Sintering of Ceramic Particulate Composites: Effect of Matrix Density
Green, David J. and Halloran, John and Johnson, David W. and Klein, Lisa
Composites consisting of a fine-grained, polycrystalline zinc oxide matrix and <10 vol% coarse, rigid silicon carbide inclusions were prepared by the same mixing procedure and then compacted to produce samples with matrix densities of 0.45 and 0.68 of the theoretical. the samples were sintered under identical temperature profiles in separate experiments that employed either a constant rate of heating of 4°C/min or near isothermal heating at 735°C. the ratio of the densification rate of the composite matrix to the densification rate of the unreinforced zinc oxide was found to be independent of the initial matrix density. This ratio increased significantly with temperature in the constant-heating-rate experiments but was relatively constant in the isothermal experiments. the results indicate that microstructural coarsening may be an important mechanism for explaining the reduced sinterability of polycrystalline matrix composites.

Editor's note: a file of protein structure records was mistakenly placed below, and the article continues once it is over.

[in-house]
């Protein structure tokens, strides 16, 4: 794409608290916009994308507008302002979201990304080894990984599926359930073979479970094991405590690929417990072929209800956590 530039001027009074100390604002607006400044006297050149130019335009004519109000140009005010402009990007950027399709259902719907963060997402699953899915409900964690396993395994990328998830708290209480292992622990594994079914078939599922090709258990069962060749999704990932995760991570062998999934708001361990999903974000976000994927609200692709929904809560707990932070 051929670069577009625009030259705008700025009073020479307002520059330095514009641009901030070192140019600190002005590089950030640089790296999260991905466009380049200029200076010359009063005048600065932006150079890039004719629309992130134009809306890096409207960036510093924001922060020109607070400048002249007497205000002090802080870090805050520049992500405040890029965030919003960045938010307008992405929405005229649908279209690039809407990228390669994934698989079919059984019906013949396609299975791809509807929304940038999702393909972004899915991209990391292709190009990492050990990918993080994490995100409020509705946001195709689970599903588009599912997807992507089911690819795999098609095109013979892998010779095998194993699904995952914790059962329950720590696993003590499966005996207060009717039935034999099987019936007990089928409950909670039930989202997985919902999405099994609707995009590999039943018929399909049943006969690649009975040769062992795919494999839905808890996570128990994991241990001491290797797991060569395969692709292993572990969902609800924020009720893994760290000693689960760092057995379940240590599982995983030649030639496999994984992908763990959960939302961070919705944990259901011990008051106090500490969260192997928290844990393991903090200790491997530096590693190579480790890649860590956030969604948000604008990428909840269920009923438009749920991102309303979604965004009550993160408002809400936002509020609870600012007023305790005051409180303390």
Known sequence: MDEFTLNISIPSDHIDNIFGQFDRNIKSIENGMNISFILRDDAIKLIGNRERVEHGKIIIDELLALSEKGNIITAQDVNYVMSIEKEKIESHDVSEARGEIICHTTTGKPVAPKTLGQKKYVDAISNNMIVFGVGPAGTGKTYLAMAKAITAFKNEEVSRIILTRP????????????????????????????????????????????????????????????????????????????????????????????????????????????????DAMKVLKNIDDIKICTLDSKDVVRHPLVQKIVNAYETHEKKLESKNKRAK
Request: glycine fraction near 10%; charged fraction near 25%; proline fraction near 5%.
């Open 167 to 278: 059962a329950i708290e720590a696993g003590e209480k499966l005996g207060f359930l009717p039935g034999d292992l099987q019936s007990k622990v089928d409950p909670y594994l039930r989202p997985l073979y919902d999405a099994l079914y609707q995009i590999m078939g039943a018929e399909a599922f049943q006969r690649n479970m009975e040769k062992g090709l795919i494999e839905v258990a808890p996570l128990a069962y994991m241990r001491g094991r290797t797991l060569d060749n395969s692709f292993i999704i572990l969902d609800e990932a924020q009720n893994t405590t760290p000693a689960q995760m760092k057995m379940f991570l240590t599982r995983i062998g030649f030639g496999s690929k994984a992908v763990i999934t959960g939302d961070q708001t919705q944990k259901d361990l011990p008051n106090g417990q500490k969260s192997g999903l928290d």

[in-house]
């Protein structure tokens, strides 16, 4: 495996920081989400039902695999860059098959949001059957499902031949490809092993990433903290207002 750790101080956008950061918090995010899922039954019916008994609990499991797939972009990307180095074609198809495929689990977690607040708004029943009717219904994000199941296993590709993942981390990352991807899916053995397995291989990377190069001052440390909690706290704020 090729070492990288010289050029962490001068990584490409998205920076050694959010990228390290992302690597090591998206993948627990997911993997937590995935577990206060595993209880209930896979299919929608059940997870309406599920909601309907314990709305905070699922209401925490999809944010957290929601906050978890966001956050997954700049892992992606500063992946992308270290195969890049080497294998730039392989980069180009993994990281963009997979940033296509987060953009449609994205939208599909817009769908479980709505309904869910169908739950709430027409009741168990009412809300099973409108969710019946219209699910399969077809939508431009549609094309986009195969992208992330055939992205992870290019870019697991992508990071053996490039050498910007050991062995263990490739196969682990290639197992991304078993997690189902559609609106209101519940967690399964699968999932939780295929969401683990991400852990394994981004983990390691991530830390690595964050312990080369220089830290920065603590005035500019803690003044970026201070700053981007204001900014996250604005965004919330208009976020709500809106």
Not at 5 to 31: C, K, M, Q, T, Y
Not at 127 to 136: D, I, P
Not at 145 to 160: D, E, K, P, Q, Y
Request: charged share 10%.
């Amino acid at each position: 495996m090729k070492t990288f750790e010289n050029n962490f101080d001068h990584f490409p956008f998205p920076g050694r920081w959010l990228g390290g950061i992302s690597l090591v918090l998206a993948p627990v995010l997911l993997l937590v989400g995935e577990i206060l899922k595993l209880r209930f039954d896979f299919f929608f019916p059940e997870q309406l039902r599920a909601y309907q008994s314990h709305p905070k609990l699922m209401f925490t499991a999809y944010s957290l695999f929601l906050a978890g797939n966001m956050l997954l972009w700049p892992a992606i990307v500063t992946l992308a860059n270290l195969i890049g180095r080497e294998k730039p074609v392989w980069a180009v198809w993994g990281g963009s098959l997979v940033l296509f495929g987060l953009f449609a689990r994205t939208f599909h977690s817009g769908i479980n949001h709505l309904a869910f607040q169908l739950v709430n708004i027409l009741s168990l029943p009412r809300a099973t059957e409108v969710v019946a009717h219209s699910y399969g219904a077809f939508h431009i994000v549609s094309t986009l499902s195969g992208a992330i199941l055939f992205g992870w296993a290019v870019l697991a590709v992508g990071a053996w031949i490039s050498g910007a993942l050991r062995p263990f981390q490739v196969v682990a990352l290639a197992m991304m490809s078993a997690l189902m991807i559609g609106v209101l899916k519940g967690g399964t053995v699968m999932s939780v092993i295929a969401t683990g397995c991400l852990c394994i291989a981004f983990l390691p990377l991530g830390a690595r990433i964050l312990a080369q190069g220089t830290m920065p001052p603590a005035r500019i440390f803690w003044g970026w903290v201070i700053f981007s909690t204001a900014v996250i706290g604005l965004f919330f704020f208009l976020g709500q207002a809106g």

M. N. Rahaman and L. C. De Jonghe, "Sintering of Ceramic Particulate Composites: Effect of Matrix Density," Journal of the American Ceramic Society, Wiley-Blackwell, Jan 1991.
The definitive version is available at http://dx.doi.org/10.1111/j.1151-2916.1991.tb06903.x
Materials Science and Engineering
Keywords and Phrases
Sintering; Zinc Oxide; Silicon Carbide; Density; Inclusions
Article - Journal
© 1991 Wiley-Blackwell, All rights reserved.